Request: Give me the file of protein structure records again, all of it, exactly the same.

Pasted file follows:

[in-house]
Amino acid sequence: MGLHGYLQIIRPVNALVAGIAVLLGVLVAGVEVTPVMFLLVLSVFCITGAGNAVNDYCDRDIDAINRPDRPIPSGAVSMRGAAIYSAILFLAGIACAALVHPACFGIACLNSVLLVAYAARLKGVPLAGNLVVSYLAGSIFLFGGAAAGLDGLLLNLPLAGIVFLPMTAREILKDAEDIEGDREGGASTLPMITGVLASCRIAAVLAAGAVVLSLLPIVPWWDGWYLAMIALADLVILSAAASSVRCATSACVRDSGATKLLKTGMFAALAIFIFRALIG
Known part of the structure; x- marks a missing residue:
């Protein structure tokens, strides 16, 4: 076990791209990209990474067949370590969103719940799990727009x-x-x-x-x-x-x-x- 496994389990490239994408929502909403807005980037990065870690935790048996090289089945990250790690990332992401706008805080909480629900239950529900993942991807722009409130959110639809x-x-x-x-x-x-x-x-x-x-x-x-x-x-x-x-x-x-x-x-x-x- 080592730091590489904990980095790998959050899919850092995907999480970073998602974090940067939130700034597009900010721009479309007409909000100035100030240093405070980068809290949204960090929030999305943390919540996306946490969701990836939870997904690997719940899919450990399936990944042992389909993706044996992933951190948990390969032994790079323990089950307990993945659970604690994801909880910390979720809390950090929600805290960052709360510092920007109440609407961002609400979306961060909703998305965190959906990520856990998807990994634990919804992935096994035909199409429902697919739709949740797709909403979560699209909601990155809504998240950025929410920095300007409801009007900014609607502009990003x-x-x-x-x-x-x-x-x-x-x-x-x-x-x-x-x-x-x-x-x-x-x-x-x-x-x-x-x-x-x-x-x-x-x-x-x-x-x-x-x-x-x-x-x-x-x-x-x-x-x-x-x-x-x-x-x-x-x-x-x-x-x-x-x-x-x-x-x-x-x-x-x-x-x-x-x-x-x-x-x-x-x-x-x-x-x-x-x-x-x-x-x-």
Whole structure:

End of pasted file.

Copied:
[in-house]
Amino acid sequence: MGLHGYLQIIRPVNALVAGIAVLLGVLVAGVEVTPVMFLLVLSVFCITGAGNAVNDYCDRDIDAINRPDRPIPSGAVSMRGAAIYSAILFLAGIACAALVHPACFGIACLNSVLLVAYAARLKGVPLAGNLVVSYLAGSIFLFGGAAAGLDGLLLNLPLAGIVFLPMTAREILKDAEDIEGDREGGASTLPMITGVLASCRIAAVLAAGAVVLSLLPIVPWWDGWYLAMIALADLVILSAAASSVRCATSACVRDSGATKLLKTGMFAALAIFIFRALIG
Known part of the structure; x- marks a missing residue:
């Protein structure tokens, strides 16, 4: 076990791209990209990474067949370590969103719940799990727009x-x-x-x-x-x-x-x- 496994389990490239994408929502909403807005980037990065870690935790048996090289089945990250790690990332992401706008805080909480629900239950529900993942991807722009409130959110639809x-x-x-x-x-x-x-x-x-x-x-x-x-x-x-x-x-x-x-x-x-x- 080592730091590489904990980095790998959050899919850092995907999480970073998602974090940067939130700034597009900010721009479309007409909000100035100030240093405070980068809290949204960090929030999305943390919540996306946490969701990836939870997904690997719940899919450990399936990944042992389909993706044996992933951190948990390969032994790079323990089950307990993945659970604690994801909880910390979720809390950090929600805290960052709360510092920007109440609407961002609400979306961060909703998305965190959906990520856990998807990994634990919804992935096994035909199409429902697919739709949740797709909403979560699209909601990155809504998240950025929410920095300007409801009007900014609607502009990003x-x-x-x-x-x-x-x-x-x-x-x-x-x-x-x-x-x-x-x-x-x-x-x-x-x-x-x-x-x-x-x-x-x-x-x-x-x-x-x-x-x-x-x-x-x-x-x-x-x-x-x-x-x-x-x-x-x-x-x-x-x-x-x-x-x-x-x-x-x-x-x-x-x-x-x-x-x-x-x-x-x-x-x-x-x-x-x-x-x-x-x-x-």
Whole structure: